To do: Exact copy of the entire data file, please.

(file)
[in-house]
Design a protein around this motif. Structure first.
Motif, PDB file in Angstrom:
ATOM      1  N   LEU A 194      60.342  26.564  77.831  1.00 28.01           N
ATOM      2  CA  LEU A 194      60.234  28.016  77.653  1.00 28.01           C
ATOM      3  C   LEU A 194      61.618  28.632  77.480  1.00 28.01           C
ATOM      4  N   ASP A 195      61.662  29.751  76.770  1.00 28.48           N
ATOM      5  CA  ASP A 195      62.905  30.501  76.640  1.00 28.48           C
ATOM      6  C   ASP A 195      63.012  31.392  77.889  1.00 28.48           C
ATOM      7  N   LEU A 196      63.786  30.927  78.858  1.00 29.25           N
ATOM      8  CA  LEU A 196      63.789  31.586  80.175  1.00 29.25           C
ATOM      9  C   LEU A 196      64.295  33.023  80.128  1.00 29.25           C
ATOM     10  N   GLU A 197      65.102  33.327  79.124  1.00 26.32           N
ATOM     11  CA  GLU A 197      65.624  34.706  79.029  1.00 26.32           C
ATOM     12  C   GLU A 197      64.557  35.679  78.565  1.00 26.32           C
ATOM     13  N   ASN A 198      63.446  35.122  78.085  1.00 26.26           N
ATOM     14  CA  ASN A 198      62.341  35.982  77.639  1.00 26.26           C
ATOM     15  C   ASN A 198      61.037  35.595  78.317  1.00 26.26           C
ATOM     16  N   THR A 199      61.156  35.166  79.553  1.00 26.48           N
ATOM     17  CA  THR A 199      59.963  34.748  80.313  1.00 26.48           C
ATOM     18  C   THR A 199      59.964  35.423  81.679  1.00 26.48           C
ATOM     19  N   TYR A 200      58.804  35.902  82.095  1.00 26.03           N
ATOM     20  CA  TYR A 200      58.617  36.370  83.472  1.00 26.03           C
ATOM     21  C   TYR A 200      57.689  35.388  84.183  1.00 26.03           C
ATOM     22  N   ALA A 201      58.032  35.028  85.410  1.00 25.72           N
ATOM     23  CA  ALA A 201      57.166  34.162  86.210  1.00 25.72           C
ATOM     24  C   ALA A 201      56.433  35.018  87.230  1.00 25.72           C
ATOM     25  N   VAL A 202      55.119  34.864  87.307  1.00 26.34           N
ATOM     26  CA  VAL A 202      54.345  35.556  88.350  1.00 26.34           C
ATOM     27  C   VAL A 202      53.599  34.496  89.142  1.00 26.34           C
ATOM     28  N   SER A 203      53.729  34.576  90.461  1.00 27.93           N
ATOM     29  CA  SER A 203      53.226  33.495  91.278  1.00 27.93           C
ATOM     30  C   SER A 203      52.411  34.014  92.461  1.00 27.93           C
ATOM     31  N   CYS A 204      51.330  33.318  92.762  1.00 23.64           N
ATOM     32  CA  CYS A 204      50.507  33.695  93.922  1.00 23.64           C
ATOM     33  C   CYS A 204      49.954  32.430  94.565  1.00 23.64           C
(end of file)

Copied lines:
[in-house]
Design a protein around this motif. Structure first.
Motif, PDB file in Angstrom:
ATOM      1  N   LEU A 194      60.342  26.564  77.831  1.00 28.01           N
ATOM      2  CA  LEU A 194      60.234  28.016  77.653  1.00 28.01           C
ATOM      3  C   LEU A 194      61.618  28.632  77.480  1.00 28.01           C
ATOM      4  N   ASP A 195      61.662  29.751  76.770  1.00 28.48           N
ATOM      5  CA  ASP A 195      62.905  30.501  76.640  1.00 28.48           C
ATOM      6  C   ASP A 195      63.012  31.392  77.889  1.00 28.48           C
ATOM      7  N   LEU A 196      63.786  30.927  78.858  1.00 29.25           N
ATOM      8  CA  LEU A 196      63.789  31.586  80.175  1.00 29.25           C
ATOM      9  C   LEU A 196      64.295  33.023  80.128  1.00 29.25           C
ATOM     10  N   GLU A 197      65.102  33.327  79.124  1.00 26.32           N
ATOM     11  CA  GLU A 197      65.624  34.706  79.029  1.00 26.32           C
ATOM     12  C   GLU A 197      64.557  35.679  78.565  1.00 26.32           C
ATOM     13  N   ASN A 198      63.446  35.122  78.085  1.00 26.26           N
ATOM     14  CA  ASN A 198      62.341  35.982  77.639  1.00 26.26           C
ATOM     15  C   ASN A 198      61.037  35.595  78.317  1.00 26.26           C
ATOM     16  N   THR A 199      61.156  35.166  79.553  1.00 26.48           N
ATOM     17  CA  THR A 199      59.963  34.748  80.313  1.00 26.48           C
ATOM     18  C   THR A 199      59.964  35.423  81.679  1.00 26.48           C
ATOM     19  N   TYR A 200      58.804  35.902  82.095  1.00 26.03           N
ATOM     20  CA  TYR A 200      58.617  36.370  83.472  1.00 26.03           C
ATOM     21  C   TYR A 200      57.689  35.388  84.183  1.00 26.03           C
ATOM     22  N   ALA A 201      58.032  35.028  85.410  1.00 25.72           N
ATOM     23  CA  ALA A 201      57.166  34.162  86.210  1.00 25.72           C
ATOM     24  C   ALA A 201      56.433  35.018  87.230  1.00 25.72           C
ATOM     25  N   VAL A 202      55.119  34.864  87.307  1.00 26.34           N
ATOM     26  CA  VAL A 202      54.345  35.556  88.350  1.00 26.34           C
ATOM     27  C   VAL A 202      53.599  34.496  89.142  1.00 26.34           C
ATOM     28  N   SER A 203      53.729  34.576  90.461  1.00 27.93           N
ATOM     29  CA  SER A 203      53.226  33.495  91.278  1.00 27.93           C
ATOM     30  C   SER A 203      52.411  34.014  92.461  1.00 27.93           C
ATOM     31  N   CYS A 204      51.330  33.318  92.762  1.00 23.64           N
ATOM     32  CA  CYS A 204      50.507  33.695  93.922  1.00 23.64           C
ATOM     33  C   CYS A 204      49.954  32.430  94.565  1.00 23.64           C